2. Anxiety – Many children struggle with anxiety and feel nervous around people, especially groups. The fear and worry can cause their brain and body to go into fight or flight which leads to a host of challenges.
  3. Self-disclosure – Because some adopted or foster children are shy, more private, prefer listening to talking, or have fear, they do not share much about themselves. Their ideas, opinions, preferences, or what is going on in their life is kept hidden. Alternately, some children may be very talkative and outgoing which leads to over-sharing even deep and personal information.
  4. Flexibility – Some children have a fixed mindset and do not think as flexibly as others. They frequently say ‘no’ to new ideas and options. When playing, they insist on things being done a certain way.
  5. Empathy – Some children are more task-focused and have not fully developed their empathy. They do not put themselves in others’ shoes and focus more on the task at hand than what the other person is feeling or thinking.
  6. Self-reflection – Understanding who you are, what your values are, and why you think and act the way you do comes through self-reflection. It also includes taking time to reflect upon how you behave and what thoughts you have in response to events in the world. Being self-reflective allows you to see where you need to adjust and what you need to work on. Some children have not developed their self-reflective capabilities.
  7. Emotional expression – Our emotions communicate and influence others. Children may not recognize how they are communicating to others through their body language, facial expressions, and tone of voice. Their words, actions, or body language may not be congruent and this can be confusing for others.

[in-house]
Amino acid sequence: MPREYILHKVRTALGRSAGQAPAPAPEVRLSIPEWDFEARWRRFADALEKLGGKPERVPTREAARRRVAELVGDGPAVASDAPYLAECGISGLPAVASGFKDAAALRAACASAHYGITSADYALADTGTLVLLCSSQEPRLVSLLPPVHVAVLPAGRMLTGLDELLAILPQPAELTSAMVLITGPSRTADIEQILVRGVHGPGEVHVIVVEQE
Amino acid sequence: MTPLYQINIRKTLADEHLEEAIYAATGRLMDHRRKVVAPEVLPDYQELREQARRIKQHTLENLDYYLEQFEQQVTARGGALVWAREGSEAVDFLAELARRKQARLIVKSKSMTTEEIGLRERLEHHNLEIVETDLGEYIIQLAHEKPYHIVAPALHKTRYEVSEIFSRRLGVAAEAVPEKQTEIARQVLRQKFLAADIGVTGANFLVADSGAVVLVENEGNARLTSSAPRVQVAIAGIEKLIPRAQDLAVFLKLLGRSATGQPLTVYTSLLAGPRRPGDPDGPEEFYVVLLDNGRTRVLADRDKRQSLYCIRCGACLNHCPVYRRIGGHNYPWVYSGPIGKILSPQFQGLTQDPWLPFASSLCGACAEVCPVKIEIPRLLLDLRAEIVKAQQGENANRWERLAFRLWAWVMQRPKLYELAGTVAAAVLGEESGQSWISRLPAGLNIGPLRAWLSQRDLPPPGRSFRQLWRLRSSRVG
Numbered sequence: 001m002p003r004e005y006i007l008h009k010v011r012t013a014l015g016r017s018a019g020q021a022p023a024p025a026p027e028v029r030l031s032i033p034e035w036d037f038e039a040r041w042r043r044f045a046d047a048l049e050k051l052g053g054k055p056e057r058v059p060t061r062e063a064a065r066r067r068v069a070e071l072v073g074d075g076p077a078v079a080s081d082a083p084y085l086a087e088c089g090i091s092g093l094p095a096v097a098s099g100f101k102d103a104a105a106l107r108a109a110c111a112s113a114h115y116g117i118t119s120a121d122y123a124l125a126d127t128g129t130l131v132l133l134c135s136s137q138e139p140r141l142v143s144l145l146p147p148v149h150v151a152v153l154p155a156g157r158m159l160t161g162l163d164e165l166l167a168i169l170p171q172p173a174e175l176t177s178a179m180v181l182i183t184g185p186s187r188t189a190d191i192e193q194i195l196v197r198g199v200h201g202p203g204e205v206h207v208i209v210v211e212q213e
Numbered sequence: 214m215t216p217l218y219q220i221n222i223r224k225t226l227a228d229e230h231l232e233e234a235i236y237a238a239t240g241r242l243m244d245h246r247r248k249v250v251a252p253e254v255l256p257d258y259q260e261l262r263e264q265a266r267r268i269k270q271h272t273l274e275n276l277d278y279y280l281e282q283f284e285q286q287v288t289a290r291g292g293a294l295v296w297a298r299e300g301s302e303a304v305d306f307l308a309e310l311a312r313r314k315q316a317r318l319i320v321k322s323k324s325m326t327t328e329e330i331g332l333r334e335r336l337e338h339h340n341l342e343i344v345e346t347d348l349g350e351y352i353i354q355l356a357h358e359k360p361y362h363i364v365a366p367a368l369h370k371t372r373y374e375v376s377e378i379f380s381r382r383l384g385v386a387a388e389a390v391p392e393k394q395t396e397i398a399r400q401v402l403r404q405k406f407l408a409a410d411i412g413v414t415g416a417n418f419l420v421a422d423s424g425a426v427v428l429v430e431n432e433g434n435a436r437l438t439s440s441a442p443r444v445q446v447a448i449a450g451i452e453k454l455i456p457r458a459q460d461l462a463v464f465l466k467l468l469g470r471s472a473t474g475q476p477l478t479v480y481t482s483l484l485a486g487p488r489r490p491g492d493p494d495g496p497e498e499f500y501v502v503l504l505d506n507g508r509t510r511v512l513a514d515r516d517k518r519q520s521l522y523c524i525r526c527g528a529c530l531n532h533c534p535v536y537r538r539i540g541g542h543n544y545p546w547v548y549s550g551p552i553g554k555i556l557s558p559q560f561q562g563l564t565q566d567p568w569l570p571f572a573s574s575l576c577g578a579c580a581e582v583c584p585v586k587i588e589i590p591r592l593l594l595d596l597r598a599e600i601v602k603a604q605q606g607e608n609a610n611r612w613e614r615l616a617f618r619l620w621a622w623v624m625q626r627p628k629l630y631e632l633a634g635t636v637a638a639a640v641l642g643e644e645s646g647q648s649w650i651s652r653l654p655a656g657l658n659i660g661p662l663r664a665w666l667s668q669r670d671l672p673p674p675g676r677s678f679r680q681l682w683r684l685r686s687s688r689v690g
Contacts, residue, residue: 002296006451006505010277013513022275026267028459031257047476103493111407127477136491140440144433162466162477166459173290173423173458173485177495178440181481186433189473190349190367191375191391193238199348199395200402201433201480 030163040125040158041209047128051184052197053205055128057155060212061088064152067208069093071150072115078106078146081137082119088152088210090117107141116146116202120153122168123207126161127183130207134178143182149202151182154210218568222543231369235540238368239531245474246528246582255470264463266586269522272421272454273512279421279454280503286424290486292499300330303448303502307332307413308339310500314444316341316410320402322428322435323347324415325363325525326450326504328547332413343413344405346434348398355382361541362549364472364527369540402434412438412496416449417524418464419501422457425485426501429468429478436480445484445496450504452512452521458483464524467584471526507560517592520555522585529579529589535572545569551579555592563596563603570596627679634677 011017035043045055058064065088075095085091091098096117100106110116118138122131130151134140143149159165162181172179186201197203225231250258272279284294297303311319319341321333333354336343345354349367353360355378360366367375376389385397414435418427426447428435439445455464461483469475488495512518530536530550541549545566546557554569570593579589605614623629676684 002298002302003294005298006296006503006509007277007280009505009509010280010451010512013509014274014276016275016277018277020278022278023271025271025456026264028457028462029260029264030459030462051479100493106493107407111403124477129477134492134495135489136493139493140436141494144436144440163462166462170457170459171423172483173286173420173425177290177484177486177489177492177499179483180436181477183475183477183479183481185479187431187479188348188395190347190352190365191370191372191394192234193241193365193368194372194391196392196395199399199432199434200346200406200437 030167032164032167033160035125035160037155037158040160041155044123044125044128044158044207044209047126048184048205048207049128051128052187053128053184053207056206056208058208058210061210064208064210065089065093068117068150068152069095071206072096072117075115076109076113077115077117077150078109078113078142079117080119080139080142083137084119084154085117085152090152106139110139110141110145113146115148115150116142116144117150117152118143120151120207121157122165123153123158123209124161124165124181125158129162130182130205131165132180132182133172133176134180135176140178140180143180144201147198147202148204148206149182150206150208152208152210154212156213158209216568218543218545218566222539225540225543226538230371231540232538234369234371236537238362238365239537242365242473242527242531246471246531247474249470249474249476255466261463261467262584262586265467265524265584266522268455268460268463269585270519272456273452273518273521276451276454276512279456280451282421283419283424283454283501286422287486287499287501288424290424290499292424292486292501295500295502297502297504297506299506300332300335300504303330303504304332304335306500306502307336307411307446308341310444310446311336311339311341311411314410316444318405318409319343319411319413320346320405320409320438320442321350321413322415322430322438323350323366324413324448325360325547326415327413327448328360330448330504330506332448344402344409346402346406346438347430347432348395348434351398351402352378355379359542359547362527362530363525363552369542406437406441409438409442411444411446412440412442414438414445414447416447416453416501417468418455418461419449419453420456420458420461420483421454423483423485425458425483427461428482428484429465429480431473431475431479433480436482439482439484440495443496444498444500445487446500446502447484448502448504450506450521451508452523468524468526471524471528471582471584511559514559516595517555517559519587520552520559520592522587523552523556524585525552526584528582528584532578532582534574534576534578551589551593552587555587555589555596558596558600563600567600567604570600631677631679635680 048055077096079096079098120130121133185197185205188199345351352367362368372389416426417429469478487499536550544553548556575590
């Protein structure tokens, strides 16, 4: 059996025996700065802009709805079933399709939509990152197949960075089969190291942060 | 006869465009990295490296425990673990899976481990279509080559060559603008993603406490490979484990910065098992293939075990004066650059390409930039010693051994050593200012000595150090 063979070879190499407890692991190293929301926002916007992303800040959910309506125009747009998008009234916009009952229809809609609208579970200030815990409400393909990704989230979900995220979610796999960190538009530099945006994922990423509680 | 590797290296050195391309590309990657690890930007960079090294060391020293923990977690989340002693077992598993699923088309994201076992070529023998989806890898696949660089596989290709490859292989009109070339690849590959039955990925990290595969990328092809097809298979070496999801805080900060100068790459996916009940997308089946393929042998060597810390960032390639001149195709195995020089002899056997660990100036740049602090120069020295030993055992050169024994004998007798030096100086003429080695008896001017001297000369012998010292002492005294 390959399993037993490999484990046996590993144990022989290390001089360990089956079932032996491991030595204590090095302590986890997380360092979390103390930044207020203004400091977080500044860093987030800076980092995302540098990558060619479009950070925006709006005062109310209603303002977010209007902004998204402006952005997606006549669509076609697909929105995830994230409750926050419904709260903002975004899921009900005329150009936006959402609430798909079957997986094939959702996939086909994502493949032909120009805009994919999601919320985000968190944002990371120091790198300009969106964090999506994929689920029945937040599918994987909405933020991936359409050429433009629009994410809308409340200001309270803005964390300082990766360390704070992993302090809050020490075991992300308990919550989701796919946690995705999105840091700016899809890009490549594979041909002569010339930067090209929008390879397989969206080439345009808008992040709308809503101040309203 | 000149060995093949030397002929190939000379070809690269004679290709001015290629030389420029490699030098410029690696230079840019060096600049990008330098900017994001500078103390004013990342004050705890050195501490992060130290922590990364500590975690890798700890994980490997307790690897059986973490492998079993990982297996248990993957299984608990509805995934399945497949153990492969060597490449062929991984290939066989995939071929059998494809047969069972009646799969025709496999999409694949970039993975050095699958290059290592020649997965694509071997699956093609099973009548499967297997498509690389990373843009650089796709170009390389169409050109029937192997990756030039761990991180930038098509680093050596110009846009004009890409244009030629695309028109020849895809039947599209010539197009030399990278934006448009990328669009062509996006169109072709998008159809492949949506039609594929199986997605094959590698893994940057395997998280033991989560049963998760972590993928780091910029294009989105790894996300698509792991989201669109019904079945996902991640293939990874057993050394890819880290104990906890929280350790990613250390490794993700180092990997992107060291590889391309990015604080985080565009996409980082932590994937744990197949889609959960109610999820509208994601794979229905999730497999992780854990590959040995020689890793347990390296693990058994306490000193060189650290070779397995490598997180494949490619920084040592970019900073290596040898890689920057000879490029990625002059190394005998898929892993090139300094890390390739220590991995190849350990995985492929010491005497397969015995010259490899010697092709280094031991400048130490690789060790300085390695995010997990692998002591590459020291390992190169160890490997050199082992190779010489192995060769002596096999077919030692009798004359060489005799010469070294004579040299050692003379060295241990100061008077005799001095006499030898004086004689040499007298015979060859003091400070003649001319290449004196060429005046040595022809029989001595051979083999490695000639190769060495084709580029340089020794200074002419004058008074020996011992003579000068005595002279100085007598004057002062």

8. Values and judgments – Everyone has different values and judgments that they make. Focusing more on facts, values, and judging others rather than prioritizing the connections and ways we are similar can cause children problems in getting along with others.
  9. Triggers – Certain personality types or physical features may remind children of people from their past who hurt them and cause them to avoid, exclude, or make judgments about these people.
  10. Boundaries – Children who have not had healthy boundaries modeled for them often do not understand clearly where the lines are between them and others. They may get too close or merge emotionally or overextend themselves for their friend.

As you can see, the underlying friendship issues caused by brain wiring, personality, attachment, and trauma are many and sometimes difficult to identify. This is not an exhaustive list but a place to start thinking about friendship challenges. If your child is having difficulty making friends, be sure to read part two of this series for how to address these deficits.

A friend loves at all times, and a brother is born for a time of adversity. Proverbs 17:17

Renee is a life coach who specializes in working with foster and adoptive families. She is based in Louisville, Kentucky, but she works with clients all over the world through internet coaching. You can book a free 30-minute consultation with her here: or find out more information about her services at